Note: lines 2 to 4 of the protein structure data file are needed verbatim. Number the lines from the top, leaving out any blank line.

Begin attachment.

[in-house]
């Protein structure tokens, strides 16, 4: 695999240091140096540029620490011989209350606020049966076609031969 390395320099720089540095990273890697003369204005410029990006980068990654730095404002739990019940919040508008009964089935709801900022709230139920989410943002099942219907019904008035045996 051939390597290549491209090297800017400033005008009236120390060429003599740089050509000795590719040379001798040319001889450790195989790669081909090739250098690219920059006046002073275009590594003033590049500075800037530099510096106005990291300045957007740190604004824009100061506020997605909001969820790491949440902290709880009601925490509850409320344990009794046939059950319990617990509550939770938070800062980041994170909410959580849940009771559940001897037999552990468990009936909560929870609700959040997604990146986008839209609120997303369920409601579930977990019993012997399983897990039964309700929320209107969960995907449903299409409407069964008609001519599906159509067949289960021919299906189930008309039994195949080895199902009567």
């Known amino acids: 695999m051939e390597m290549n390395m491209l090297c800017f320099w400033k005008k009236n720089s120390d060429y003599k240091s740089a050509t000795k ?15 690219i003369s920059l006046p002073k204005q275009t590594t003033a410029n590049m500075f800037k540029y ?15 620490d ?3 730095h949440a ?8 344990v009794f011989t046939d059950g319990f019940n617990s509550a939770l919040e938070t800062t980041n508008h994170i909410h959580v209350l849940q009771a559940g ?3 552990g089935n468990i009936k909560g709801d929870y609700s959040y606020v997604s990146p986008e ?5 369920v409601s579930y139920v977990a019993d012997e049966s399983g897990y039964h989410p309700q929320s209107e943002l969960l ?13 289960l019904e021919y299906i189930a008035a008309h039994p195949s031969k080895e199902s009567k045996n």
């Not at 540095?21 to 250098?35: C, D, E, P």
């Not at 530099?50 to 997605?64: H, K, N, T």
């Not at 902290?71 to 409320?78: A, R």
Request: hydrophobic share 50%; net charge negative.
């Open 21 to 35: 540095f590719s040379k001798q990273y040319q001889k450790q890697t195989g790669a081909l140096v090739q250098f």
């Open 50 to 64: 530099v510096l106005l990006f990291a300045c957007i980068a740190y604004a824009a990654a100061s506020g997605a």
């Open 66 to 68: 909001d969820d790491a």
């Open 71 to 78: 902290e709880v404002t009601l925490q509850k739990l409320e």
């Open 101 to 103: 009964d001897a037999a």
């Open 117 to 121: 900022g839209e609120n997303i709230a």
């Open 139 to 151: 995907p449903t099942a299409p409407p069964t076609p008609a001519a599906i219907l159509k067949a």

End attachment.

């Protein structure tokens, strides 16, 4: 695999240091140096540029620490011989209350606020049966076609031969 390395320099720089540095990273890697003369204005410029990006980068990654730095404002739990019940919040508008009964089935709801900022709230139920989410943002099942219907019904008035045996 051939390597290549491209090297800017400033005008009236120390060429003599740089050509000795590719040379001798040319001889450790195989790669081909090739250098690219920059006046002073275009590594003033590049500075800037530099510096106005990291300045957007740190604004824009100061506020997605909001969820790491949440902290709880009601925490509850409320344990009794046939059950319990617990509550939770938070800062980041994170909410959580849940009771559940001897037999552990468990009936909560929870609700959040997604990146986008839209609120997303369920409601579930977990019993012997399983897990039964309700929320209107969960995907449903299409409407069964008609001519599906159509067949289960021919299906189930008309039994195949080895199902009567």
């Known amino acids: 695999m051939e390597m290549n390395m491209l090297c800017f320099w400033k005008k009236n720089s120390d060429y003599k240091s740089a050509t000795k ?15 690219i003369s920059l006046p002073k204005q275009t590594t003033a410029n590049m500075f800037k540029y ?15 620490d ?3 730095h949440a ?8 344990v009794f011989t046939d059950g319990f019940n617990s509550a939770l919040e938070t800062t980041n508008h994170i909410h959580v209350l849940q009771a559940g ?3 552990g089935n468990i009936k909560g709801d929870y609700s959040y606020v997604s990146p986008e ?5 369920v409601s579930y139920v977990a019993d012997e049966s399983g897990y039964h989410p309700q929320s209107e943002l969960l ?13 289960l019904e021919y299906i189930a008035a008309h039994p195949s031969k080895e199902s009567k045996n």
């Not at 540095?21 to 250098?35: C, D, E, P």